‘I, Tonya’ – A Hard-Hitting and Engaging Biopic | Film Review
Figure skater Tonya Harding is most infamously known for being connected to the attack on a rival skater in 1994. Now her story has been told in the comedy-drama I, Tonya.
Tonya Harding (Margot Robbie) is a skater who has trained from the age of four, driven by a natural talent and dominating mother (Alison Janney). Harding came from a poor background and did not conform to the expectations (i.e. her dress and music choices) and it leads to a bias against her. Yet she is still able to compete at the highest levels and becomes the first American woman to perform the triple axel before the attack.
I, Tonya is a film filled with unreliable narrators – the beginning of the film starts with a statement that the film is based on contradictory interviews from the main players. This gives the film a lot leeway with its historical accuracy. Characters outright lie or tell half-truths like Harding’s mother regarding her physical brand of parenting and Harding’s justification for why she flopped at the 1992 Winter Olympics.
I,Tonya continues a growing trend in historical films of fourth wall breaking. This was done in The Wolf of Wall Street, The Big Short and American Made (ironically two of those films also featured Robbie). It added to a connection for the audience to the events on the screen when the characters speak to them.
Although Harding is shown to be a crass, aggressive & hard-drinking, she is constantly sympathetic due to being a product of her upbringing. Robbie was brilliant as someone who is naturally talented but self-destructive. Harding suffered from mental and physical abuse from her mother because she has this view – Harding skates best when she’s angry and told she’s worthless. This is transferred to her relationship with Jeff Gillooly (Sebastian Stan) who starts out seeming like a decent bloke but turns violent soon after.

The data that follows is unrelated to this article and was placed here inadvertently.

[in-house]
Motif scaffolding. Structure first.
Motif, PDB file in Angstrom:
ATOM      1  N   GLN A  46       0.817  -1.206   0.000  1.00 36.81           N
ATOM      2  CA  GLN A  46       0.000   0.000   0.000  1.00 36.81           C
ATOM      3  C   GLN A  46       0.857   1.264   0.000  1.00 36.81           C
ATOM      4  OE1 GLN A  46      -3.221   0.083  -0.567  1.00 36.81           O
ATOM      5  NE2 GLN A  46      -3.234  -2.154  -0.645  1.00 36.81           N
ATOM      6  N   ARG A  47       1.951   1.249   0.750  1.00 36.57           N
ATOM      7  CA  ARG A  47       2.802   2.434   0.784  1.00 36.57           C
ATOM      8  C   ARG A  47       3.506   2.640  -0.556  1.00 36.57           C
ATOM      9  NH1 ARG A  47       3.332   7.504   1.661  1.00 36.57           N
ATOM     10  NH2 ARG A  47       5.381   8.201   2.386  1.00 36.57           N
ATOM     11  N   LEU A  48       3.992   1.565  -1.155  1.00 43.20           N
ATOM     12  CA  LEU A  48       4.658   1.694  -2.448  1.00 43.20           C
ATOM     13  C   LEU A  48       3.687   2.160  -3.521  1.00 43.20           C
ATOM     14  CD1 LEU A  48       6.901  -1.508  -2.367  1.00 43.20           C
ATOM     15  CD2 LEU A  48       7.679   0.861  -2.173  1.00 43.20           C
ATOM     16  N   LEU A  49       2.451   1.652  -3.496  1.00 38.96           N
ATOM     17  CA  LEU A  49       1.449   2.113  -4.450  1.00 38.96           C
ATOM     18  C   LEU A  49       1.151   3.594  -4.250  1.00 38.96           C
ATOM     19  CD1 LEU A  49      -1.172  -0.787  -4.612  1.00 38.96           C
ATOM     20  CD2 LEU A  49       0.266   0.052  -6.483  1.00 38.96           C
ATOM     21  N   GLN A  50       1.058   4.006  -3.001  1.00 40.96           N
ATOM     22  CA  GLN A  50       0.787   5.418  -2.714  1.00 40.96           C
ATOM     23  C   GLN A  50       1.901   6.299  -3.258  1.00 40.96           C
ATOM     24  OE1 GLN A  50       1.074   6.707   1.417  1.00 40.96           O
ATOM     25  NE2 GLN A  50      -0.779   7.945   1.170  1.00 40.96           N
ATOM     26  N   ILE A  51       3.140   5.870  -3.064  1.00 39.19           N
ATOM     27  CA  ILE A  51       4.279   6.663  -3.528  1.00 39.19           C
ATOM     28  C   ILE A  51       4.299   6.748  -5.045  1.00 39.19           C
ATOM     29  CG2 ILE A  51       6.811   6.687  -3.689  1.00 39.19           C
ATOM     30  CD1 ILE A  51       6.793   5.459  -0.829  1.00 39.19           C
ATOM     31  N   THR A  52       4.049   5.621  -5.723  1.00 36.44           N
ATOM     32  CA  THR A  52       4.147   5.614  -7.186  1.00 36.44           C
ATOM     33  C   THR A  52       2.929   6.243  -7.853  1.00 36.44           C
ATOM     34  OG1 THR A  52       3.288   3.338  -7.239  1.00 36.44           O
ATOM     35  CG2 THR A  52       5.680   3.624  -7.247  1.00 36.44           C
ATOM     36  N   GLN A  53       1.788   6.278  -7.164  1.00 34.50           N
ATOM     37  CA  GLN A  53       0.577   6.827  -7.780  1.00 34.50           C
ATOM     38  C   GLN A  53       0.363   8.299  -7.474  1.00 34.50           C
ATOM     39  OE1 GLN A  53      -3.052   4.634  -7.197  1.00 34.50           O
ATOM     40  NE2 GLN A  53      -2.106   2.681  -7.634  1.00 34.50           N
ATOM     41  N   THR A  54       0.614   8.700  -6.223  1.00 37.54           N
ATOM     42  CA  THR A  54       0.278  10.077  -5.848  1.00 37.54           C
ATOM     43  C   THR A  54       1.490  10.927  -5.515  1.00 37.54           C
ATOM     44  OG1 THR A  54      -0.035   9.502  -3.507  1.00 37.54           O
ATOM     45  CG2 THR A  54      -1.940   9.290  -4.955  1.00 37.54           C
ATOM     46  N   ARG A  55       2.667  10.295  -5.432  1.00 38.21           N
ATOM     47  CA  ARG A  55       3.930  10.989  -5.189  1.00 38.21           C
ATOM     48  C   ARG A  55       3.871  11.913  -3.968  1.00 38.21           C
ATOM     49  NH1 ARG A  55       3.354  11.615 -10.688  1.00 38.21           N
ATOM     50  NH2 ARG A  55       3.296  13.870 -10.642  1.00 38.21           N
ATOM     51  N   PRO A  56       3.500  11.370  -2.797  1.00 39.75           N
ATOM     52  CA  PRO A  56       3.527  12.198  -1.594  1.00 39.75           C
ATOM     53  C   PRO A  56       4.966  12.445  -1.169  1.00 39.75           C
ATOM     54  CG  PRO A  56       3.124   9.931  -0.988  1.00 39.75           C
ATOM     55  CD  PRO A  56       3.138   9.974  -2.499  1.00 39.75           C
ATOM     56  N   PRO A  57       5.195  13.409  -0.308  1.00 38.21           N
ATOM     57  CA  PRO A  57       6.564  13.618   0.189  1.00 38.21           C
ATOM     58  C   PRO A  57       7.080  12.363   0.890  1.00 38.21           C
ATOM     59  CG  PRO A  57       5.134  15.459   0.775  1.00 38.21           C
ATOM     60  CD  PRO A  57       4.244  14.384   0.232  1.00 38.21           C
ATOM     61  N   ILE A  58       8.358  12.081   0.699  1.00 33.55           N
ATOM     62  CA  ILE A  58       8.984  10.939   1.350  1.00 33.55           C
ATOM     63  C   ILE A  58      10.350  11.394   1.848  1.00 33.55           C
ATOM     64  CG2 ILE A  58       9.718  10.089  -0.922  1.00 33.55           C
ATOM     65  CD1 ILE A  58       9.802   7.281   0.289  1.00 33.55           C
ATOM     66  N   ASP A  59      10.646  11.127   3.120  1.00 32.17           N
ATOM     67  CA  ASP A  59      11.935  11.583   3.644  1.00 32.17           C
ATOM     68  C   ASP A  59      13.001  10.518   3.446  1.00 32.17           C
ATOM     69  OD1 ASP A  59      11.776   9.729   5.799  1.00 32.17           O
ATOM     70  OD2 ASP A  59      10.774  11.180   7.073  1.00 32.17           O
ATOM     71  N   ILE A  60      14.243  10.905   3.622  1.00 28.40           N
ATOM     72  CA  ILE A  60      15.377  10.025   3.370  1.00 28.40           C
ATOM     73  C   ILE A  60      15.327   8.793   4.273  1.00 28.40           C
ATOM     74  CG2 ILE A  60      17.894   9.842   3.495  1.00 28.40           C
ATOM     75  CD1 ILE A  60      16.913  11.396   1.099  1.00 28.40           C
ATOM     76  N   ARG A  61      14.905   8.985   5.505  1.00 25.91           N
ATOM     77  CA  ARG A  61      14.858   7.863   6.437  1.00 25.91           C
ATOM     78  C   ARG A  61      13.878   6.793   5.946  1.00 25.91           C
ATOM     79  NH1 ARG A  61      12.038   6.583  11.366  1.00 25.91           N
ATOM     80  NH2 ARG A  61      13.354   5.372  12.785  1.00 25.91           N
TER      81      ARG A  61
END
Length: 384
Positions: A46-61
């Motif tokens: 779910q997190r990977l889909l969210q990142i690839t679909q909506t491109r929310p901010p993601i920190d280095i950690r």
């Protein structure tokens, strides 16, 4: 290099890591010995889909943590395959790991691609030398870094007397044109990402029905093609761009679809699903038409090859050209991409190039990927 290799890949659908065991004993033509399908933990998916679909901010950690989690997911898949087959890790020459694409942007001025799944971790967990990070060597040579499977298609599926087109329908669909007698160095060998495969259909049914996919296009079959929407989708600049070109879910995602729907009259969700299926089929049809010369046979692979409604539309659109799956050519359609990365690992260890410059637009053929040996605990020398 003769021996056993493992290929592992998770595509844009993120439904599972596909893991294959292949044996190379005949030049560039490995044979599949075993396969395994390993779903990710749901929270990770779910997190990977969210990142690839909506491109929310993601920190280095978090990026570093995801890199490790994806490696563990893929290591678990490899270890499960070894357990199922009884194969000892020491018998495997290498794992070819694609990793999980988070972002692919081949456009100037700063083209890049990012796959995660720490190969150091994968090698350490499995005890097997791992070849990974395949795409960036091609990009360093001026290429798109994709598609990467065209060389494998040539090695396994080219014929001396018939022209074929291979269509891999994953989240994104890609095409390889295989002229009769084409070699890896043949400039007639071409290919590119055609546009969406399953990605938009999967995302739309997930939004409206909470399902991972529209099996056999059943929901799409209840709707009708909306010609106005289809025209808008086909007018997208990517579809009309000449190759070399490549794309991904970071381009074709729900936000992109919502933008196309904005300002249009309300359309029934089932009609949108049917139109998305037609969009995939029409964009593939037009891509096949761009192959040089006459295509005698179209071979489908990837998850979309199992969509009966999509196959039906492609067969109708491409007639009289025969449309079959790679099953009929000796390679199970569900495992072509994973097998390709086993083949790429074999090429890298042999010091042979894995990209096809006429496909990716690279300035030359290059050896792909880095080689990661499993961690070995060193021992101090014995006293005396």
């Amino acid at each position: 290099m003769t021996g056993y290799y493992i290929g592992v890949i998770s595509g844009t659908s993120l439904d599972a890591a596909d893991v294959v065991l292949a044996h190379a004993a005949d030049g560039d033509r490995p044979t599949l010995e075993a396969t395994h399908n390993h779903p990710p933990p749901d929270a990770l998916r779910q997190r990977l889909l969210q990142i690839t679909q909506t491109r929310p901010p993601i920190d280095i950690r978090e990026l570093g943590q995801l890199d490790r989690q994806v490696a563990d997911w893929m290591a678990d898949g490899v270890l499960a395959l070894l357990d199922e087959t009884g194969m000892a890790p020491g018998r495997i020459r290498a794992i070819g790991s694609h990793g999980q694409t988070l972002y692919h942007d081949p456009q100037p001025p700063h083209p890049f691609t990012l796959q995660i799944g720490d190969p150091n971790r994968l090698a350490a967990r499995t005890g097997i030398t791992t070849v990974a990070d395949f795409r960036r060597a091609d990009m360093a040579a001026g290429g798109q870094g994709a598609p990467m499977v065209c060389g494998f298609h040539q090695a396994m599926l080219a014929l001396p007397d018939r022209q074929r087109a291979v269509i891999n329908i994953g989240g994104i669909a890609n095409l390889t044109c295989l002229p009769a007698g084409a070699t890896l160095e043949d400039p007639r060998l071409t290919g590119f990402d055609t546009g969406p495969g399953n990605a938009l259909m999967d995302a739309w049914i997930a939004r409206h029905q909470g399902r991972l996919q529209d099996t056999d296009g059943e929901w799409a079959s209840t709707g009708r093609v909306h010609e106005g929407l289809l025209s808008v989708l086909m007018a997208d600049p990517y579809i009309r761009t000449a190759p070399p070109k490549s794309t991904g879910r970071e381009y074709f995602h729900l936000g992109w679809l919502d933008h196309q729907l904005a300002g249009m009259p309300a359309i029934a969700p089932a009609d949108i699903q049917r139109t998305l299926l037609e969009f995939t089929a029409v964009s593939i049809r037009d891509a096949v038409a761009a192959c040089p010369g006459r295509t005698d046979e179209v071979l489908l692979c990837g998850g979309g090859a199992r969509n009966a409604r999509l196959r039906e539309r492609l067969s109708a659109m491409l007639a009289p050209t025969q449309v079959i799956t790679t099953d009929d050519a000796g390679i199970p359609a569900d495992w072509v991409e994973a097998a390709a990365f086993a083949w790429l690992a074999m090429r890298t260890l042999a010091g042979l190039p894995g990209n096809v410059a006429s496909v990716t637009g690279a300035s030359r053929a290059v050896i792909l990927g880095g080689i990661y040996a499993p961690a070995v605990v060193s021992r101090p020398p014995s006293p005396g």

For a film that is a sports movie and retelling of a particular event I, Tonya is also a great example of how to portray domestic abuse. Harding states that her husband blames her for lashing out and she accepts it. Gilooly is able to sweet talk his way out of trouble and even when Harding does leave him or puts a restraining order on him, he worms his way back. A vicious cycle of the pair getting together, the relationship turns rotten, break up and repeat.
It is easy from the outside looking in thinking why does Harding stay with Gilooly but domestic abuse is a lot more complicated and I, Tonya does understand the issues that people who suffer through this are being manipulated.
Despite Harding becoming a successful skater, winning medals at national and international tournaments, she still struggles financially. Other skaters come from privileged backgrounds and able to skate full-time, Harding has to work full-time just to make ends meet. It shows the harsh realities of the life of an athlete. She is seen as the ‘white trash’ of ice skating.
I, Tonya is a showcase for Robbie and Janney who were nominated for Oscars. Janney even won the Oscar and BAFTA as she was fantastic as this horrible screw of a woman who takes advantage of a daughter and defects when anyone challenges her.
I, Tonya was directed by Australian director Craig Gillespie who has had success making indie and mainstream films. He got to mix both approaches for I, Tonya. Tonya Harding’s story is well known, but Gillespie made it as an indie film. The film had a gritty look to it like it was shot on film in the ‘70s or ‘80s and embroiled with an ‘80s soundtrack plus Harding’s dire straits. Yet the skating scenes are exhilarating with the camera getting right up close to Harding as she performs.
I, Tonya can become the Raging Bull of ice skating films. It is a personal drama and an examination of classism as well as being a sports movie.